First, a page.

Traditional Coated Bandpass Interference Filters are used to selectively transmit a narrow range of wavelengths while blocking all others, and are ideal for a range of biomedical and quantitative chemical applications.
Bandpass interference filters are widely used in instrumentation for a variety of applications including clinical chemistry, environmental testing, colorimetry, elemental and laser line separation, flame photometry, fluorescence and immunoassays. In addition, bandpass interference filters are used to select discrete spectral lines from arc or gas discharge lamps, and to isolate a particular line from Ar, Kr, Nd:YAG, and other lasers. They are often used in conjunction with laser diode modules and LEDs.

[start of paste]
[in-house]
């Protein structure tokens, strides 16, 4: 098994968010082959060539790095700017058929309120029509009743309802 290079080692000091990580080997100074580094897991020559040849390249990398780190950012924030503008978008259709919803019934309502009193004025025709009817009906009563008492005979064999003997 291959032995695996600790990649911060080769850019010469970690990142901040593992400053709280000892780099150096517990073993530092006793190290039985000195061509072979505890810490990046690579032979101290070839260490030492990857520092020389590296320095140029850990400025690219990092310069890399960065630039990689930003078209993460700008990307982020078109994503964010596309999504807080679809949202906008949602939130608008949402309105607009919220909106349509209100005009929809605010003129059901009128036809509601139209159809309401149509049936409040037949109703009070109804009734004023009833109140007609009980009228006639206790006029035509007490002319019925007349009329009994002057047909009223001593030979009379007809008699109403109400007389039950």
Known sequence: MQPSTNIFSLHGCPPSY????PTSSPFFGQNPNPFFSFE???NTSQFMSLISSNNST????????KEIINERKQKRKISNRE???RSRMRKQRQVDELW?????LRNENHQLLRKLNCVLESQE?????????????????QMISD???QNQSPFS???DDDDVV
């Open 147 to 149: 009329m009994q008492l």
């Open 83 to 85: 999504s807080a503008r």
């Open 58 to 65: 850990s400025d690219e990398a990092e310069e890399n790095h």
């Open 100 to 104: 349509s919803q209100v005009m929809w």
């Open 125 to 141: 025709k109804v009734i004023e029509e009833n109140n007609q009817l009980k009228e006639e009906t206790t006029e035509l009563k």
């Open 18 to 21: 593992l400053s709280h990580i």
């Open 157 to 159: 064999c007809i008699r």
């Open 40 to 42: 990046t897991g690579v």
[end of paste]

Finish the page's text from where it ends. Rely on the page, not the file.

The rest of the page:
Traditional coated filters are fabricated in three sections, one of which determines the center wavelength (CWL), bandwidth (FWHM), and the shape of the transmittance curve while the other two control the blocking range of the filter. The bandpass section of Traditional Coated Bandpass Interference Filters is made by repetitive vacuum deposition of thin layers of partially reflecting dielectric compounds on a glass substrate. Rejection of wavelengths resulting from destructive interference is limited to within 15% of the central wavelength, therefore, additional glass or metallic blockers must be added to reduce out-of-band transmittance. Metallic blockers, such as layers of silver, reflect and absorb radiation outside of the filter passband and negate higher order passbands from X-ray to the long-wave infrared (LWIR). The blocking capabilities of metallic blockers are augmented by the addition of color transmitting glass and custom dyes that absorb UV or long wavelength radiation. After thin film deposition is complete, the three sections are scribed, laminated, cut, and mounted.